A dropper-post would be way more effective than moving your hands. (btw- there are droppers for cross bikes, I think you will eventually see an option for the road) Anyway, I also don’t really push that much on the outside pedal. What works for me is leaning the bike as little as possible believe it or not. I’ll hang my body off and counter steer more while usually pedaling through a corner. It can be sketchy, I’ve ‘caught’ a pedal or two 😀

      But after a while, you get a feel for how much angle you can get away with before clearance is an issue. I also tend to ‘trail brake’ on certain occasions. So, basically, I’m sometimes scrubbing off deep into the corner with the rear brake. Now the bike wants to ‘stand’ up at this point, so you have to be prepared for that and adjust- put more ‘lean’ into the bike. Sure, I’ve had the rear step out a bit on a couple of occasions, but caught it in time. Gets your attention for sure! 😛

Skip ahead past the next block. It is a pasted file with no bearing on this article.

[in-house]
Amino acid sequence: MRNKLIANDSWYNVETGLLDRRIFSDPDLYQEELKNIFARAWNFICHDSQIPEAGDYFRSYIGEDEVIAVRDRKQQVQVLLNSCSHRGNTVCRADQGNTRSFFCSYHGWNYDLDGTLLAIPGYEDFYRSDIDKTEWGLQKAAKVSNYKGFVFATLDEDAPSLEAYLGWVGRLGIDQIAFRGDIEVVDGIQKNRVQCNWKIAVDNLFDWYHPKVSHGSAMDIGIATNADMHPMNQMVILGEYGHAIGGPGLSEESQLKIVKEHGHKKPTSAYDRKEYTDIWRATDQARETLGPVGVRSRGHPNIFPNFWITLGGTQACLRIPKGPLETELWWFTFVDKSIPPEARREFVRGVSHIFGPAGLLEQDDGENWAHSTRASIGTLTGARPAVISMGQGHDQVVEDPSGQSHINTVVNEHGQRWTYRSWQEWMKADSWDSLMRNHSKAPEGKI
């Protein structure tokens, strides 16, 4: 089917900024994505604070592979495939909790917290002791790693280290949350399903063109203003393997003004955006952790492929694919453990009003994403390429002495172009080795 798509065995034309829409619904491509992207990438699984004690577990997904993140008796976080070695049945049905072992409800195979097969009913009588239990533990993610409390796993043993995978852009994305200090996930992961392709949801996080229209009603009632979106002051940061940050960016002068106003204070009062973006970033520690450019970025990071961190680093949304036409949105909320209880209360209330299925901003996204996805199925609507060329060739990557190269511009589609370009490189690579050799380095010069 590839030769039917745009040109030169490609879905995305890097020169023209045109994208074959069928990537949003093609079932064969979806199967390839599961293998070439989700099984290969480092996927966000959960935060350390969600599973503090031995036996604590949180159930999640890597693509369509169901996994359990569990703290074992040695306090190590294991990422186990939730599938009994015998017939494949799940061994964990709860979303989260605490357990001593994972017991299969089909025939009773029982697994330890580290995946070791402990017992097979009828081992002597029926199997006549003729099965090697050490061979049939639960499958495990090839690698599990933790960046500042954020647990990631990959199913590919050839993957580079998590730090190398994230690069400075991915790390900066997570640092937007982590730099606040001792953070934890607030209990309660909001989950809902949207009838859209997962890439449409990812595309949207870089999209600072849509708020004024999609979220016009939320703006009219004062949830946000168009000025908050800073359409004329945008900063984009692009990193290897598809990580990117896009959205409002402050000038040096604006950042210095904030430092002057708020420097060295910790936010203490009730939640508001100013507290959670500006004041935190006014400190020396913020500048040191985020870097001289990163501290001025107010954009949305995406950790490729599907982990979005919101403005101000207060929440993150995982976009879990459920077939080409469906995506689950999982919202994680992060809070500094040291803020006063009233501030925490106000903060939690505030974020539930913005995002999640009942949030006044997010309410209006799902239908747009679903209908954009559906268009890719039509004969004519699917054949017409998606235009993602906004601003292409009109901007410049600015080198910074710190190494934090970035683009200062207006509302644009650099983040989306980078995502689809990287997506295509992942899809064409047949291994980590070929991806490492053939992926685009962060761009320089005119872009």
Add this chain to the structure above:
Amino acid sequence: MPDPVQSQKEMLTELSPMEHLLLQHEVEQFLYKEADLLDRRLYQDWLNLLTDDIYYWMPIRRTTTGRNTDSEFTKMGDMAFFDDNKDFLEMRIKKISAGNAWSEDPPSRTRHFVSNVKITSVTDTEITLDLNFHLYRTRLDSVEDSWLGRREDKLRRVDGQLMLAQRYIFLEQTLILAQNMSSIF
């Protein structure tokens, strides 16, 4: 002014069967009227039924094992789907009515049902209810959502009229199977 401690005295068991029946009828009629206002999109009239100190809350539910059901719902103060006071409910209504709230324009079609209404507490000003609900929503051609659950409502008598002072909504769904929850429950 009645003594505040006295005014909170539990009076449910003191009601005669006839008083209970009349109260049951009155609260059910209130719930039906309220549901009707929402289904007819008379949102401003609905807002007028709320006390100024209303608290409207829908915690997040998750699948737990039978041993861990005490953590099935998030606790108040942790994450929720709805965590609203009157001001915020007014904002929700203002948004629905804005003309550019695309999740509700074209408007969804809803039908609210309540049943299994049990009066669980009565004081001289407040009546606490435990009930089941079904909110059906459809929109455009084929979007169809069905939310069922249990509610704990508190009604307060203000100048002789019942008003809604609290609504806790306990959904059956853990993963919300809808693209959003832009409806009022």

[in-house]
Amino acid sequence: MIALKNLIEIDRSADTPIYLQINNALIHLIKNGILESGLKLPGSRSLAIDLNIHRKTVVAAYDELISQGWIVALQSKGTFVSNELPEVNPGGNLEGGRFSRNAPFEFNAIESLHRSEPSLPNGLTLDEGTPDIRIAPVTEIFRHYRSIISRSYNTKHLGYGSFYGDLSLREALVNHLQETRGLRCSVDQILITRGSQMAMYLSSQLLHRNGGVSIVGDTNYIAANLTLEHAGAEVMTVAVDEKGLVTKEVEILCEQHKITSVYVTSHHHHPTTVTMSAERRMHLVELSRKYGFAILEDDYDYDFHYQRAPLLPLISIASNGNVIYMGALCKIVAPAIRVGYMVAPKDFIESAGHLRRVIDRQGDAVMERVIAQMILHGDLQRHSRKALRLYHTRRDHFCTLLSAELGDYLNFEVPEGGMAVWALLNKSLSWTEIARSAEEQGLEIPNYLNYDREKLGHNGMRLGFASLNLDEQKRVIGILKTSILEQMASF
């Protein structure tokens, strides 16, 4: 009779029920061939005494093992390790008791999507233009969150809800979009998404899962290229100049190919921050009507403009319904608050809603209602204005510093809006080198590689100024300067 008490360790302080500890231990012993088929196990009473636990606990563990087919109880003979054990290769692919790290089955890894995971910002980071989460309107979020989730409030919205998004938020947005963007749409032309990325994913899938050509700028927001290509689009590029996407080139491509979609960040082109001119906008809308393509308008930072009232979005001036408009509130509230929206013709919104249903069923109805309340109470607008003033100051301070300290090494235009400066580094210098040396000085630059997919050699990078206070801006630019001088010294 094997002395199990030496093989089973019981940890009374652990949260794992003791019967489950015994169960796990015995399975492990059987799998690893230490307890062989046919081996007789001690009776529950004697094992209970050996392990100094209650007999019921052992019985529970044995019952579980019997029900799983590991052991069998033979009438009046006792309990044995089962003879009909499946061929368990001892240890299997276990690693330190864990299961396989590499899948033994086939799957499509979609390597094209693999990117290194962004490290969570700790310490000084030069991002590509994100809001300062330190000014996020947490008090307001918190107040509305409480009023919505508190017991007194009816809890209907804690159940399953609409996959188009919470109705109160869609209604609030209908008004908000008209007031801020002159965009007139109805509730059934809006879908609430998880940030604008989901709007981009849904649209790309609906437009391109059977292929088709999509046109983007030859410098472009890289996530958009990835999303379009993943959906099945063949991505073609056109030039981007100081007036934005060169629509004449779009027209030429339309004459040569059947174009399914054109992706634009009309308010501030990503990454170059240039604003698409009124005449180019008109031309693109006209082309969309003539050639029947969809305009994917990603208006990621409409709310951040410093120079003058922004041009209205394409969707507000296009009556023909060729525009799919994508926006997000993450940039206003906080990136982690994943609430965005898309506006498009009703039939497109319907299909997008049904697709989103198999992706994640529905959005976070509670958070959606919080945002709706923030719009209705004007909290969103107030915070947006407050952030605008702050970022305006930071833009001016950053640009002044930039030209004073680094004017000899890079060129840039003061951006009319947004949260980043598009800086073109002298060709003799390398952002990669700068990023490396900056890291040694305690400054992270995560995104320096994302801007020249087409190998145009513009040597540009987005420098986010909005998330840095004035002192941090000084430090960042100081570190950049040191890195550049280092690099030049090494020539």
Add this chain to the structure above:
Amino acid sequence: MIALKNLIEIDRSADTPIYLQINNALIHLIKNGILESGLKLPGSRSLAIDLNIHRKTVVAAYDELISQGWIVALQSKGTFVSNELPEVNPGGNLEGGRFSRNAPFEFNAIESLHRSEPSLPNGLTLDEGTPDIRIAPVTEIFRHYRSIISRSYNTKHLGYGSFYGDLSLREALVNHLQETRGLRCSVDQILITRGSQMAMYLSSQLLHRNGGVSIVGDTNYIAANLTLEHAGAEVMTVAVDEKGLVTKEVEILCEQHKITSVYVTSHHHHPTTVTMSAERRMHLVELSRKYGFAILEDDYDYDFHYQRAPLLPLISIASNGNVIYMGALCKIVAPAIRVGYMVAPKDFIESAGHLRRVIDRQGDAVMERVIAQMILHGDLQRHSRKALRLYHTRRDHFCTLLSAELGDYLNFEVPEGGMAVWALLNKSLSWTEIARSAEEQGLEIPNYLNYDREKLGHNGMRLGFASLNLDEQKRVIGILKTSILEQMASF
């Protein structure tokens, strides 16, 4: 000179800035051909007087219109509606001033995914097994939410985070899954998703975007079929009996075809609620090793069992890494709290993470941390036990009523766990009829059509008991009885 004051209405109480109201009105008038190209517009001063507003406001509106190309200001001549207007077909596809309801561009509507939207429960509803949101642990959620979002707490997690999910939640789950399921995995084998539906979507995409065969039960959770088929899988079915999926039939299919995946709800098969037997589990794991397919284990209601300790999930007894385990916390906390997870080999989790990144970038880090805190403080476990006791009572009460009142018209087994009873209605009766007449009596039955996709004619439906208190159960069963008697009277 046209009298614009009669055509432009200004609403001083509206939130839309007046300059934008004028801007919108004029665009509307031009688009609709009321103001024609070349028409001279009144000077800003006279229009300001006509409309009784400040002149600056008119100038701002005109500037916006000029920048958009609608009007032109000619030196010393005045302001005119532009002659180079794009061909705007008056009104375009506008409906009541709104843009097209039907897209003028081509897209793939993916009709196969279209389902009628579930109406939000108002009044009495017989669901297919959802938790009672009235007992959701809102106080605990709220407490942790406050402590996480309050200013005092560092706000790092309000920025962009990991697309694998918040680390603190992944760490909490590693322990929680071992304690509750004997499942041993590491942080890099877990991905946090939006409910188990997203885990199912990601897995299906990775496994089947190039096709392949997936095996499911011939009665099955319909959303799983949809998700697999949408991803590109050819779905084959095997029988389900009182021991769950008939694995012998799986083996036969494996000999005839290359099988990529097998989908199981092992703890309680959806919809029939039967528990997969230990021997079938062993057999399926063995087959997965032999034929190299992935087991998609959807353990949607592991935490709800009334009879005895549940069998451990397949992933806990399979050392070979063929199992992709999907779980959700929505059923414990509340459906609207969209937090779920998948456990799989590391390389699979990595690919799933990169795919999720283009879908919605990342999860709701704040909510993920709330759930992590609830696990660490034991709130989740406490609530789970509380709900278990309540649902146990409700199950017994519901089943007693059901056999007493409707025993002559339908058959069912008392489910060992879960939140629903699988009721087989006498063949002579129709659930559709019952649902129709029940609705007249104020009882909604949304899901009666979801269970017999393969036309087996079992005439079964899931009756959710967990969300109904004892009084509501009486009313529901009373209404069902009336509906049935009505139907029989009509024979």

I typically don’t recommend it because it can bite a rider in the ass, if it is not used judiciously. But for someone with a high skill level like yourself, it’s a fine practice. Having that ability for ‘seat of the pants’ feel is a big advantage to using this technique. This style works very well for me on the road, but not so much off road. I need a bit more work on my off road skills! lol. I’ve started to use a technique I read about (cannot remember where though) using the elbows and trying to touch my knees to the corresponding direction of the turn when cornering on the mtb. Works well, just a matter of repetition.

      Liked by 1 person